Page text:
An HMM-Based Comparative Genomic Framework for Detecting Introgression in Eukaryotes  [PDF]
Kevin J. Liu ,Jingxuan Dai,Kathy Truong,Ying Song,Michael H. Kohn,Luay Nakhleh
PLOS Computational Biology , 2014, DOI: doi/10.1371/journal.pcbi.1003649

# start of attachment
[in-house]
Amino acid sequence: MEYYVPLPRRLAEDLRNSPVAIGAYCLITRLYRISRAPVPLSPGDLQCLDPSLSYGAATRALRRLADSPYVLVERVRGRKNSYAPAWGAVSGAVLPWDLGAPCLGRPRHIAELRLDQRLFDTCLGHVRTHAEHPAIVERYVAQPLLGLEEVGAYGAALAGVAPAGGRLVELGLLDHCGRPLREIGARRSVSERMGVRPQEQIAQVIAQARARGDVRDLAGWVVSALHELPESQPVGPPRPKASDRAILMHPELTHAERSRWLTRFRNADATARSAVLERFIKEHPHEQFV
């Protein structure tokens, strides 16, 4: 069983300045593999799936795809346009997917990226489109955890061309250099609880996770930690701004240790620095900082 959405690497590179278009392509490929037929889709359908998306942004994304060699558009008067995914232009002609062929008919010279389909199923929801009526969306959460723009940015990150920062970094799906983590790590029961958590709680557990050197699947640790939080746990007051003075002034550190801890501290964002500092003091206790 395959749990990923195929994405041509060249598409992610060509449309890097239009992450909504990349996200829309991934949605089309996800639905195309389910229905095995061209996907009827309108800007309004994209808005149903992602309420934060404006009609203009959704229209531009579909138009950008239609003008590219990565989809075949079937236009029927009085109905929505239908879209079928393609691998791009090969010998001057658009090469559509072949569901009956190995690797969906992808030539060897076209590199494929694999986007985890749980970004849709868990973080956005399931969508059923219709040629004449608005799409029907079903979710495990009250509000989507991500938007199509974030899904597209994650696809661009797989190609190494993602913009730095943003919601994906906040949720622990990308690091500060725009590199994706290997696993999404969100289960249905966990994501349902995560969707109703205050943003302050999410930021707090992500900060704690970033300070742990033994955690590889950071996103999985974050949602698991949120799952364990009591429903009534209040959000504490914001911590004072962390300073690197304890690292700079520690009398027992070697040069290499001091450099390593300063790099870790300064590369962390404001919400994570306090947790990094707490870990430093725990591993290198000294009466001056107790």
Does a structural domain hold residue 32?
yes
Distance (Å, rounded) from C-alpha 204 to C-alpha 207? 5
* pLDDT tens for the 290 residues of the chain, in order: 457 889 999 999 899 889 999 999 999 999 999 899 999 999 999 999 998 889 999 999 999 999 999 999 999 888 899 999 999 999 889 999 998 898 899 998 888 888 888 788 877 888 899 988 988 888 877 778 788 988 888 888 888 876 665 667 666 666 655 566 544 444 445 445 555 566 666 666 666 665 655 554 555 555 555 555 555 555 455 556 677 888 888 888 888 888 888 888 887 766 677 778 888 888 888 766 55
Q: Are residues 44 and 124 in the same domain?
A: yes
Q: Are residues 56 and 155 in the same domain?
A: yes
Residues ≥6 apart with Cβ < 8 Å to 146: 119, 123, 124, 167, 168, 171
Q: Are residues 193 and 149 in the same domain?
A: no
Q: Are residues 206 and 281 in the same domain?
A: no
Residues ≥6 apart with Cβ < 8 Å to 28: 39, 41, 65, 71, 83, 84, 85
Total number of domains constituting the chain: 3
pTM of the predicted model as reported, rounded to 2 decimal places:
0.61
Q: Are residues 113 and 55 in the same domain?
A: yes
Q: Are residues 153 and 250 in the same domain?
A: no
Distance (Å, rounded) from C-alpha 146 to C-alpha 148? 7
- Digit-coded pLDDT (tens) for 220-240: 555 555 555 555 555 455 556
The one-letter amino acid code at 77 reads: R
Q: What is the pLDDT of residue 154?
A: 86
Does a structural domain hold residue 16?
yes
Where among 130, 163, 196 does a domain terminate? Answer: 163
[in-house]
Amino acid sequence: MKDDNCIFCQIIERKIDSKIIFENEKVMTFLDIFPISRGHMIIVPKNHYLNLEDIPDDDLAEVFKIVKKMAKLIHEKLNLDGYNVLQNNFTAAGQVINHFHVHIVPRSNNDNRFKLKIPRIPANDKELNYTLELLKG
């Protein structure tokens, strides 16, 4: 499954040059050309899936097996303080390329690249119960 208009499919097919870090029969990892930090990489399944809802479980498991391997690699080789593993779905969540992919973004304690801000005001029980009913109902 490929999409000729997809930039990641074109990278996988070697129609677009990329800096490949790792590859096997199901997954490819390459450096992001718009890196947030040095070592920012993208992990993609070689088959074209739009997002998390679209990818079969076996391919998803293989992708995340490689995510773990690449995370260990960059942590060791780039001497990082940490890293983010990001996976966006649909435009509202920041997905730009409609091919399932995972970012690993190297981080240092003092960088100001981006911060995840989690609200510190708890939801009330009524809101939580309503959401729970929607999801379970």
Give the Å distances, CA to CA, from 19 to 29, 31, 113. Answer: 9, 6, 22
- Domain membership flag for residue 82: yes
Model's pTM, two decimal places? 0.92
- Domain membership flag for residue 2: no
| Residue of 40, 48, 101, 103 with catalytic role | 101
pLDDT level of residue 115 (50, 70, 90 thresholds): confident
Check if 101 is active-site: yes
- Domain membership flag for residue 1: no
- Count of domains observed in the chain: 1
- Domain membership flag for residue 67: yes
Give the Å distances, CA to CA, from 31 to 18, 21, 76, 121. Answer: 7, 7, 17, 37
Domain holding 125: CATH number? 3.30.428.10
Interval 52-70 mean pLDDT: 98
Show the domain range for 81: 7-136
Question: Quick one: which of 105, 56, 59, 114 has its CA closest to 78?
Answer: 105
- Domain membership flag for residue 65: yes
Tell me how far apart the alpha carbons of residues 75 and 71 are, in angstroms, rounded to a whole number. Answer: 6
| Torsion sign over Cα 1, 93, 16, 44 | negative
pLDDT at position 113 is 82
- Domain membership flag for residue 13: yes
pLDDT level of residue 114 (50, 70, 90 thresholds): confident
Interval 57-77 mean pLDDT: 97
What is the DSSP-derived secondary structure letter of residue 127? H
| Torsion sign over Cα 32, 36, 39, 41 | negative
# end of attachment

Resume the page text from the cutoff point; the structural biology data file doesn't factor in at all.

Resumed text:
Abstract: One outcome of interspecific hybridization and subsequent effects of evolutionary forces is introgression, which is the integration of genetic material from one species into the genome of an individual in another species. The evolution of several groups of eukaryotic species has involved hybridization, and cases of adaptation through introgression have been already established. In this work, we report on PhyloNet-HMM—a new comparative genomic framework for detecting introgression in genomes. PhyloNet-HMM combines phylogenetic networks with hidden Markov models (HMMs) to simultaneously capture the (potentially reticulate) evolutionary history of the genomes and dependencies within genomes. A novel aspect of our work is that it also accounts for incomplete lineage sorting and dependence across loci. Application of our model to variation data from chromosome 7 in the mouse (Mus musculus domesticus) genome detected a recently reported adaptive introgression event involving the rodent poison resistance gene Vkorc1, in addition to other newly detected introgressed genomic regions. Based on our analysis, it is estimated that about 9% of all sites within chromosome 7 are of introgressive origin (these cover about 13 Mbp of chromosome 7, and over 300 genes). Further, our model detected no introgression in a negative control data set. We also found that our model accurately detected introgression and other evolutionary processes from synthetic data sets simulated under the coalescent model with recombination, isolation, and migration. Our work provides a powerful framework for systematic analysis of introgression while simultaneously accounting for dependence across sites, point mutations, recombination, and ancestral polymorphism.